Sometimes, getting into a car with a group of strangers will be one of the greatest things you’ll ever do. *(you will have to use your own judgement on that though, I accept no responsibility for any choices you might make following this post.)
A few months ago, while planning my trip to the States for the HECK YEAH PHOTO CAMP, this wonderful person called April posted something about a pre-camp road trip in the HYPC-Facebook group. It sounded like fun, so I decided “why not? I’m going all the way to the States anyway, might as well see some nature!”. Fast forward to a few short months later, and there I was, getting out of my comfort zone (I hate that place to be quite honest) and into a car at Fresno International Airport with three strangers (otherwise known as April, Jen and Katy), heading out to our first stop, Yosemite National Park. After the first few polite pleasantries, we quickly came to find that sharing such close quarters for the next few days meant breaking down those boundaries real fast and just getting to the raw, unadulterated core of true friendship. The memory of a sudden chorus of cursing, before stopping and jumping out to take pictures (in the rain, I might add) because everything is ‘just so dang beautiful’ (censored), will stay with me always. We saw epic misty mountains, SO MUCH GRANITE, and plenty of snowy vistas. We also met up with the legendary Trevor Lee for some intense exploring, picture taking, and some pretty incredible life-talks. Road tripping with three beautiful women/photographers also means plenty of model photo-ops, so there will be the occasional image of a fine face amongst the grandness of nature.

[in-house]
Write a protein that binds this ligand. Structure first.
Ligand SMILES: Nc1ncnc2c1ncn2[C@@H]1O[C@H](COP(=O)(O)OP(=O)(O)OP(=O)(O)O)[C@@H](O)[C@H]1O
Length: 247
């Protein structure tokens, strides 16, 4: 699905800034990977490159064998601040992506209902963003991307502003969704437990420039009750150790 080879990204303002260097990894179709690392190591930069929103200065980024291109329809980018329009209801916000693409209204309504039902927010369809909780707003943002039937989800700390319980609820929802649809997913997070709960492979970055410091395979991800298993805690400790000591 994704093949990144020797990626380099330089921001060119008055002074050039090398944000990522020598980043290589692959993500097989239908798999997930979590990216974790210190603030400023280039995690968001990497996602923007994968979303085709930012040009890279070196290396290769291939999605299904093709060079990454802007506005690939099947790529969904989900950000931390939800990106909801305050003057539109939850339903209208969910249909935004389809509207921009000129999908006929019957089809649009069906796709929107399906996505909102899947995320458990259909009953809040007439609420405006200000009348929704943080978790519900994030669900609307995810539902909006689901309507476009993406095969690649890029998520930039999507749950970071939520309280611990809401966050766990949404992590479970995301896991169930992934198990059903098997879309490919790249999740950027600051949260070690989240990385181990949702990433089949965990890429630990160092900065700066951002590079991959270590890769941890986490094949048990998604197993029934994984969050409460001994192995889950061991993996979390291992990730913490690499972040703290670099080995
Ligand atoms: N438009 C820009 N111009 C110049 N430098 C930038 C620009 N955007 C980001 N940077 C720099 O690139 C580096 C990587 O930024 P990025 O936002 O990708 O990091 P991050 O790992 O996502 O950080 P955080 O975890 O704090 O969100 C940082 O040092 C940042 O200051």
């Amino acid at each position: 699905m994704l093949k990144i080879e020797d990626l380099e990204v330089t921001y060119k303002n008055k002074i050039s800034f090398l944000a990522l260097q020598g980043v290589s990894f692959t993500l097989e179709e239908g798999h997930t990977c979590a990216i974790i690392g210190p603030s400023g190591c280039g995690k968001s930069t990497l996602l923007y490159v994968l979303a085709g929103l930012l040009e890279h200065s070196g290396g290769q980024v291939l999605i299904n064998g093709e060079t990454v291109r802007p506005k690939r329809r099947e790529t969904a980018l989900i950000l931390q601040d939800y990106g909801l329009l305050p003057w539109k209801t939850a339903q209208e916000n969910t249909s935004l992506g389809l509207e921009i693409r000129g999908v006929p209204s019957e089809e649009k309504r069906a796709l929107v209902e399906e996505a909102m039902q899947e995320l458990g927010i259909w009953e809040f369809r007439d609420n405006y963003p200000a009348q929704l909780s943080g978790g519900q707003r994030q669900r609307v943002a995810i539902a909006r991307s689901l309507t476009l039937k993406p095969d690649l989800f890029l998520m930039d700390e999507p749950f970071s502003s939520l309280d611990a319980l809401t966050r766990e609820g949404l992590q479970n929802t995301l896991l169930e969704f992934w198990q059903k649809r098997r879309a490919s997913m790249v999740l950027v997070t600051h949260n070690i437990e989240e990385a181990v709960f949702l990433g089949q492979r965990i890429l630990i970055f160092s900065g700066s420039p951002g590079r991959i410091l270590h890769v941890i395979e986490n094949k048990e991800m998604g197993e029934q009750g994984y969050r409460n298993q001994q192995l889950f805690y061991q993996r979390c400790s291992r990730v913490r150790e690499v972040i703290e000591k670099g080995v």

Yosemite in itself was a pretty spectacular experience. I might even go so far as to call it profoundly spiritual. What tends to often happen in a place of this scale, is that you are reminded how small you truly are, and how clearly you relearn to decipher the meaningful from the meaningless. One of my favourite quotes by John Muir (whose writings on this fine place, is something I’d say has rather a LOT of meaning), from his book ‘My Summer in the Sierra’, reads as follows: “We are in the mountains and they are in us, kindling enthusiasm, making every nerve quiver, filling every pore and cell of us. Our flesh-and-bone tabernacle seems transparent as glass to the beauty about us, as if truly an inseparable part of it, thrilling with the air and trees, streams and rocks, in the waves of the sun, –a part of all nature, neither old nor young, sick nor well, but immortal.” And standing there in Yosemite National Park, somewhere ‘utterly and profoundly indifferent to me’ (Thanks Cheryl Strayed for those golden words), next to the John Muir Tree no less, there was a moment or two in which I truly did feel immortal.
I would definitely recommend adding it to your ‘must-see list’. (Just remember to take waterproof shoes if you’re visiting in winter, I learnt that the hard way.) The next leg of our epic road trip will follow soon.
Suggested listening: Woods – Bon Iver (as loud as possible)
*(Note: The link opens up Youtube in either a new tab or window, depending on your settings, so open it up, come back and enjoy an audio-visual experience of grand proportions.)